Group Polarization And Competition In Political Behavior

Powerful Essays
On Tuesday, November 14, 1995, in what has been perceived as the years biggest non-event, the federal government shut down all "non-essential" services due to what was, for all intents and purposes, a game of national
"chicken" between the House Speaker and the President. And, at an estimated cost of 200 million dollars a day, this dubious battle of dueling egos did not come cheap (Bradsher, 1995,
p.16). Why do politicians find it almost congenitally impossible to cooperate? What is it about politics and power that seem to always put them at odds with good government? Indeed, is an effective, well run government even possible given the current adversarial relationship between our two main political parties? It would seem that the exercise of power for its own sake, and a competitive situation in which one side must always oppose the other on any issue, is incompatible with the cooperation and compromise necessary for the government to function. As the United
States becomes more extreme in its beliefs in general, group polarization and competition, which requires a mutual exclusivity of goal attainment, will lead to more
"showdown" situations in which the goal of good government gives way to political posturing and power-mongering.
In this paper I will analyze recent political behavior in terms of two factors: Group behavior with an emphasis on polarization, and competition. However, one should keep in mind that these two factors are interrelated. Group polarization tends to exacerbate inter-group competition by driving any two groups who initially disagree farther apart in their respective views. In turn, a competitive situation in which one side must lose in order for the other to win (and political situations are nearly always competitive), will codify the differences between groups - leading to further extremism by those seeking power within the group - and thus, to further group polarization.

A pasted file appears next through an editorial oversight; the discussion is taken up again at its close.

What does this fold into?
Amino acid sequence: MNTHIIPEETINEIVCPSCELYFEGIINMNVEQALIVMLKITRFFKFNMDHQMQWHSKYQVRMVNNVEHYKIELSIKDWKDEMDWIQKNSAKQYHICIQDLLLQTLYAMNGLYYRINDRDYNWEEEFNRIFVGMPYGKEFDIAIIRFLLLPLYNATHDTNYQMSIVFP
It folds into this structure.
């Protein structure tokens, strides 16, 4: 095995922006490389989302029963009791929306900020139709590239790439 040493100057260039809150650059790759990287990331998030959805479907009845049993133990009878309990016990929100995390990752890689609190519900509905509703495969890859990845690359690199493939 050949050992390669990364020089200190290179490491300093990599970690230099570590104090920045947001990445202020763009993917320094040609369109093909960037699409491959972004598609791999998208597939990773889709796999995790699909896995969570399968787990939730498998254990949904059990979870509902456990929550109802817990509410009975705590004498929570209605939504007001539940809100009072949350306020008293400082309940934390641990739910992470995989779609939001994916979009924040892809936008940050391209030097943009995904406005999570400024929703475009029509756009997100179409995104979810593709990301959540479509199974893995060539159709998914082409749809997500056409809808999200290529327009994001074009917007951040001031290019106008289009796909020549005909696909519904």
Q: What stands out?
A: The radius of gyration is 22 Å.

In the above example, the two main combatants, Bill Clinton and Newt
Gingrich, were virtually forced to take uncompromising, disparate views because of the very nature of authority within their respective political groups. Group polarization refers to the tendency of groups to gravitate to the extreme of whatever opinion the group shares (Baron &
Graziano, 1991, p.498-99). Therefore, if the extreme is seen as a desirable characteri...

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...roup of extreme, right wing,
"constitutionalists" who were apparently trying to turn frustration with the federal government into open revolution.
I do not think these examples are aberrations or flukes, but are, instead, indicative of structural defects in our political system. If we are not aware of the dangers of extremism and competition, we may, in the end, be destroyed by them. References

Baron, B.M., & Graziano, W.G. (1991). Social Psychology. Fort Worth,
TX. Holt, Rinehart, and Winston.
Bradsher, K. (1995, November 18). Country may be losing money with government closed. The New York
Times, pp.16
Kohn, A. (1986). No Contest: The Case Against Competition. Boston,
Houghton Mifflin.
No Author. (1995, March 24). [internet] What Wilson has said about entering race. San Jose Mercury News Online.
Thurm, S. (1995, August 29). [internet] Wilson's 'announcement' more of an ad: California governor kicks off drive for GOP presidential nomination. San Jose Mercury News Online.
Turgue, B., & Thomas, E. (1995, November 27). Missing the moment.
Newsweek, pp.26-29.
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